With a touch of understandable bravado, Superintendent Lam opened the 1990 academic year on an ebullient note: “The only real criterion we should have in public education … is whether we would enroll our own child, or the child we most love, in the school where we teach. Visiting the Early Learning Center over the weekend, I regretted that I did not have a five-year-old daughter or son I could enroll. In fact, I regretted that I was not five years old myself.”

Those initial successes reflected not only hard work in the classroom, but also success in a series of local political battles. Disaffected parents argued that the university was dictatorial and insensitive to the community. (Perhaps not coincidentally, those criticisms echoed the personal criticisms which ultimately derailed John Silber’s gubernatorial campaign.) The Chelsea School Committee, reduced to spectator status, complained steadily about being excluded from BU’s decision-making process. As the BU-Chelsea partnership began its second academic year, four of the seven committee members told the Boston Globe that they would be prepared to sever that partnership, if not for the disruption that break would cause.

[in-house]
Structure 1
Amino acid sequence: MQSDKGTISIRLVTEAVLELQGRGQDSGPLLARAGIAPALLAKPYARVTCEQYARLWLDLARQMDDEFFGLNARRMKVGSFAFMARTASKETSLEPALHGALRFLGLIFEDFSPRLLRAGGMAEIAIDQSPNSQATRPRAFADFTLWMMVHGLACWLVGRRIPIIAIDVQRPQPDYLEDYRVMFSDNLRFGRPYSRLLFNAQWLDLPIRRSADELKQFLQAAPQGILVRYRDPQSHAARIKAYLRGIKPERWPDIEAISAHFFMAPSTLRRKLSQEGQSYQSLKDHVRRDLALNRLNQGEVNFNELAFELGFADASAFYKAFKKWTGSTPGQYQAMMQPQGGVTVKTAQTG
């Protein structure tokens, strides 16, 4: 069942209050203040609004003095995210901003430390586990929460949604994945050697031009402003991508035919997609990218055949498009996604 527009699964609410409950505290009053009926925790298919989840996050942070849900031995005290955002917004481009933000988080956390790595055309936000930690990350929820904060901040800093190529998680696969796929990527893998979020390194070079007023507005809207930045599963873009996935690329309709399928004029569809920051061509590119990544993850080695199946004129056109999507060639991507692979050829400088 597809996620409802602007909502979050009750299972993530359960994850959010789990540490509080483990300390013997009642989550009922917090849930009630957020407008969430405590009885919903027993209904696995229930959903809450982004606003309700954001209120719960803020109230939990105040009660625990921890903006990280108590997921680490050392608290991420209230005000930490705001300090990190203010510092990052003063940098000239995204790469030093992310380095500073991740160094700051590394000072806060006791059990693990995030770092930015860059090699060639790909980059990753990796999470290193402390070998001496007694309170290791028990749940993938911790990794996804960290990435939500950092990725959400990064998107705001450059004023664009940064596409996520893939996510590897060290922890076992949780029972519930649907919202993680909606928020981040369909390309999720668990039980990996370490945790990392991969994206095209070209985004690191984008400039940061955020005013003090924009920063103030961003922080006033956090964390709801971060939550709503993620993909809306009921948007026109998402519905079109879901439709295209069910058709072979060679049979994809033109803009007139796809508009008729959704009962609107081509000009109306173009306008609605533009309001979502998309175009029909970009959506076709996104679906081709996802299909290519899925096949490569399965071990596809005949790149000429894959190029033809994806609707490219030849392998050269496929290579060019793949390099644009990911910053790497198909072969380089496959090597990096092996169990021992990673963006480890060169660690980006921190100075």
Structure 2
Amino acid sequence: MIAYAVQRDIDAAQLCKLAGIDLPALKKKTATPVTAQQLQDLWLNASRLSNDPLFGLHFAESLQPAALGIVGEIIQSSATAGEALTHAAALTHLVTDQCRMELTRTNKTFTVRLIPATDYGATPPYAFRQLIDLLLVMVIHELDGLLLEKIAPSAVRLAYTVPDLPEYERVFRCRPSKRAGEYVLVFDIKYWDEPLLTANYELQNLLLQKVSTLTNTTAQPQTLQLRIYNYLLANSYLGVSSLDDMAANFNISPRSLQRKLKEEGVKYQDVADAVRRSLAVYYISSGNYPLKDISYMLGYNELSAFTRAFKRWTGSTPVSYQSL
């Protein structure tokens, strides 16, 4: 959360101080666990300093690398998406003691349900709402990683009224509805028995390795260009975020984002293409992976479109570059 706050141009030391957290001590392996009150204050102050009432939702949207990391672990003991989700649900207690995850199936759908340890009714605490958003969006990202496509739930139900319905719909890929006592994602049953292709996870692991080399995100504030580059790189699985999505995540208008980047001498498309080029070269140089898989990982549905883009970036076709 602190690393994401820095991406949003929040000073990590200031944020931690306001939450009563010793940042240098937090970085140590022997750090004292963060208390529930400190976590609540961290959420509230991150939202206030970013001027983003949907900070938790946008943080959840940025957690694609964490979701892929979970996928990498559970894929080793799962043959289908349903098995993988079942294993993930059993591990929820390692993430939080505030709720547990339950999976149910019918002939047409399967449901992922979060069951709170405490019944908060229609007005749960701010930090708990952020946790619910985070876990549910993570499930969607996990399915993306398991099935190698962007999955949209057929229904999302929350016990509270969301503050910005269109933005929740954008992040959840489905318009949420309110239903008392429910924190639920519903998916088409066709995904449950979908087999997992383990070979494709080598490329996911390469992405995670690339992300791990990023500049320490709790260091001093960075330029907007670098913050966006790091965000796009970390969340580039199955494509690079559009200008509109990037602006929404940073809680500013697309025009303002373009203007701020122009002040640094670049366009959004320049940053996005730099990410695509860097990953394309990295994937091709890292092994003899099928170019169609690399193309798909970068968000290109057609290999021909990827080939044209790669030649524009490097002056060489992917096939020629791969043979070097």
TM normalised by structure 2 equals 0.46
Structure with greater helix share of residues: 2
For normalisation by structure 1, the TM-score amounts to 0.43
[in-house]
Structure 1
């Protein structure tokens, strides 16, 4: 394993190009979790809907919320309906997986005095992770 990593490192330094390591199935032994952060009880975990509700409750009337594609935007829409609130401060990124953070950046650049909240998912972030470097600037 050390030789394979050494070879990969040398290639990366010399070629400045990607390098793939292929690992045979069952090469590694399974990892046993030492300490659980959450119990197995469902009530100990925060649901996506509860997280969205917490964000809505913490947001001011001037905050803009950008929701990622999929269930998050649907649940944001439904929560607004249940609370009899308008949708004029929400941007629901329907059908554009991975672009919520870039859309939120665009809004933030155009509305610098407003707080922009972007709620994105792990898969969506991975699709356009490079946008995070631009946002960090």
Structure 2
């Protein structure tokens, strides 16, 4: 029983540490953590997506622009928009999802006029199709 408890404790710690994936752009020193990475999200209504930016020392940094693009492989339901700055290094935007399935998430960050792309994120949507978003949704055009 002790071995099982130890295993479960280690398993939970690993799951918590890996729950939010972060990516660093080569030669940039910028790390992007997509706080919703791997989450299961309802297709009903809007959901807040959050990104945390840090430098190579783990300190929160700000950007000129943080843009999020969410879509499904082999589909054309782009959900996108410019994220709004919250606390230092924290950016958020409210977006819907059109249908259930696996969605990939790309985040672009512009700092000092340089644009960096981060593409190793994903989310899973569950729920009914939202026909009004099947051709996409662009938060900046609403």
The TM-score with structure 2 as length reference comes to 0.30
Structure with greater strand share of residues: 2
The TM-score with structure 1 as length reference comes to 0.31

Those criticisms could be dismissed — as BU’s Peter Greer did dismiss them — as the “constant nuisances” thrown up by politicians fighting to protect their turf. But Chelsea politics soon threw up a much more serious roadblock. In January 1991, Mayor John Brennan saw the city headed into a financial crisis and ordered School Superintendent Lam to slice $384,000 from her already spare budget. In March the city refused to raise property taxes, increasing the fiscal squeeze; the Board of Aldermen ordered a whopping $4.6 million cut from the education budget. At a turbulent public hearing to discuss the city budget, BU’s Silber was drowned out by police officers and firefighters, who were angry about layoffs in their own departments, and convinced that Silber was over-emphasizing the schools. “At the same time we are making progress, they are tearing apart the system,” Greer lamented.

By June the city’s finances were in a tailspin. For the first time, teachers missed a paycheck. Just to cover its immediate payroll obligations, the city needed a special injection of $960,000 from the state legislature. Struggling to cut costs without violating union contracts, BU was forced to lay off all 280 tenured teachers in the Chelsea system, planning to re-hire them in the fall. But without some new source of funding, permanent cuts were inevitable. Prudent teachers naturally began looking for more secure employment elsewhere.